Unfortunately, it was the latter, it was explained to us that Jethro’s intestine had twisted and gone gangrenous and had to be removed. A term baby is born with between 150 cm and 200 cm of small intestine. Jethro’s had twisted about 5 cm from the beginning of his small intestine, and he had lost everything right up to 1.5 cm before the end, just before the colon. This left him with 6.5 cm of small intestine, and a rare disease called Short Bowel Syndrome (SBS), in Jethro’s case, ultra-short.


As your small intestine absorbs all the nutrients that you need from food, without it you cannot survive without medical intervention. The options were explained to us, there is a form of IV nutrition called Total Parenteral Nutrition (TPN) that Jethro would need to be on for the rest of his life, unfortunately this is not liver friendly at all and so after several years, many patients can no longer stay on TPN and would therefore need a transplant. The tricky thing is that often patients like this then need a small bowel and liver transplant, and small bowel transplants are not done in South Africa.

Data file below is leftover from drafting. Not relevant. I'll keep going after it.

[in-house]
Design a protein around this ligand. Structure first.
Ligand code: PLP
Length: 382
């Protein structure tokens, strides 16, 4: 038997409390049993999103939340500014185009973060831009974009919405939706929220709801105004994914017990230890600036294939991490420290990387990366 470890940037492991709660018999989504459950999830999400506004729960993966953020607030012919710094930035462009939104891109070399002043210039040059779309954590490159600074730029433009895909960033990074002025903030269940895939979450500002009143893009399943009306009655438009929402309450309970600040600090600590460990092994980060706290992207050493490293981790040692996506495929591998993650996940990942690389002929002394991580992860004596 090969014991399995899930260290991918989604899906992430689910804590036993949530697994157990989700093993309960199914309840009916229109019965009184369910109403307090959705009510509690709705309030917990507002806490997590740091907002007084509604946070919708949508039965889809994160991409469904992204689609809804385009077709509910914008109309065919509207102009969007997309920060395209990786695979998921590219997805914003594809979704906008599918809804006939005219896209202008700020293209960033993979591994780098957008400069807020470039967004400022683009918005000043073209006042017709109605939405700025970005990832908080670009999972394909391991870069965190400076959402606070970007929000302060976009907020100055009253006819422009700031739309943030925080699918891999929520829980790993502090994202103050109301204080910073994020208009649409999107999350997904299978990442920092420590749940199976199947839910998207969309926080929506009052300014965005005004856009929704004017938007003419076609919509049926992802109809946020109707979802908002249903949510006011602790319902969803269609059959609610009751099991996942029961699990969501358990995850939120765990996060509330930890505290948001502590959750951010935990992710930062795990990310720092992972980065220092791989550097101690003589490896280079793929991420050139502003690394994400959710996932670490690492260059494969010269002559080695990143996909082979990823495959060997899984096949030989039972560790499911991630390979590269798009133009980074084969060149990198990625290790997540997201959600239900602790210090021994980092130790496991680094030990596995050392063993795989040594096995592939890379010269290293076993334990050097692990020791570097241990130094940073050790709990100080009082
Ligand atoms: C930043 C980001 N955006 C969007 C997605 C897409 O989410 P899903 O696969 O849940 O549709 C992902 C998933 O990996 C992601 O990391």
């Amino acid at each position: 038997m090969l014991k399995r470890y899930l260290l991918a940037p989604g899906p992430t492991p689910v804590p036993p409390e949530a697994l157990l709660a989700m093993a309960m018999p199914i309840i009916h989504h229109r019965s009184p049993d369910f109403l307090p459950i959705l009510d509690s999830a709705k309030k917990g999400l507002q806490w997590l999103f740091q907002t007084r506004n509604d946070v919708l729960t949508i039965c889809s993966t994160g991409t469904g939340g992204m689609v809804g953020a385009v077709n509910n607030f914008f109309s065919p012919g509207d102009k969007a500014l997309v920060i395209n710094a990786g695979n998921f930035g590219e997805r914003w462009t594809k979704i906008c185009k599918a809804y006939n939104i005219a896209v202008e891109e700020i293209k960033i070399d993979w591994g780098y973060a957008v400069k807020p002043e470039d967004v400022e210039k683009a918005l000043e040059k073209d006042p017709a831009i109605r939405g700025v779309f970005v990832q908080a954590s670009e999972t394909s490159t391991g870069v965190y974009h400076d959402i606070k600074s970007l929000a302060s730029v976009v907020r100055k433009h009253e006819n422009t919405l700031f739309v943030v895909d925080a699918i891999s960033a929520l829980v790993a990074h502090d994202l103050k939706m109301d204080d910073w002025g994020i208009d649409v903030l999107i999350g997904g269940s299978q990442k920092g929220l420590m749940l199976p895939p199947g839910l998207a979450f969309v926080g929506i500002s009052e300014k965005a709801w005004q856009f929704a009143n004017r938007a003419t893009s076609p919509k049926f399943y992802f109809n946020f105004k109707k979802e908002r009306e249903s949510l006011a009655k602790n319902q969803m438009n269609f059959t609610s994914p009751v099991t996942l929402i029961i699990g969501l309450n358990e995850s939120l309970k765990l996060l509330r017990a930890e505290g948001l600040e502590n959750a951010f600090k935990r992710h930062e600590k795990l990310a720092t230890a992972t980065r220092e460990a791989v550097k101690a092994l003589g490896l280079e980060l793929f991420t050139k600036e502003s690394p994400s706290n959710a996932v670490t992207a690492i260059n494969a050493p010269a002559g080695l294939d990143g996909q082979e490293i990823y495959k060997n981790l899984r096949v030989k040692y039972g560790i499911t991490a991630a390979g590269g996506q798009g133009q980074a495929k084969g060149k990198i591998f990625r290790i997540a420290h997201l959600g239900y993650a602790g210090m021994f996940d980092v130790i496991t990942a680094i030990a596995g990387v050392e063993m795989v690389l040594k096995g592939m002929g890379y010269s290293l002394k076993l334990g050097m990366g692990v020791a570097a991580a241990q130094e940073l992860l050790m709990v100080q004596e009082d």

I was a father already to my eldest Ethan, and so I thought I knew what to expect having a second child - but you don’t really imagine they would need surgery at 2 days of age. Once I wrapped my mind around the early surgery, I tried to prepare myself as much as possible, but at no point did I think that it was going to be something that was “unfixable”.

We decided to do everything in our power to save our beautiful, little baby boy, and that no matter how long he had, we would love him and do our best to give him a wonderful life.


He had a second surgery at 5 days of age, called a STEP surgery, which is a relatively new technique and not performed by many surgeons globally, never mind in sleepy, sunny Durban. Luckily for us, we had Dr AS Shaik, who is an amazing Doctor, surgeon, and a generally all-round wonderful person. Jethro’s bowel was lengthened to a total of 15.5 cm (we are grateful for every cm) and joined back to his colon and he had a gastrostomy tube placed.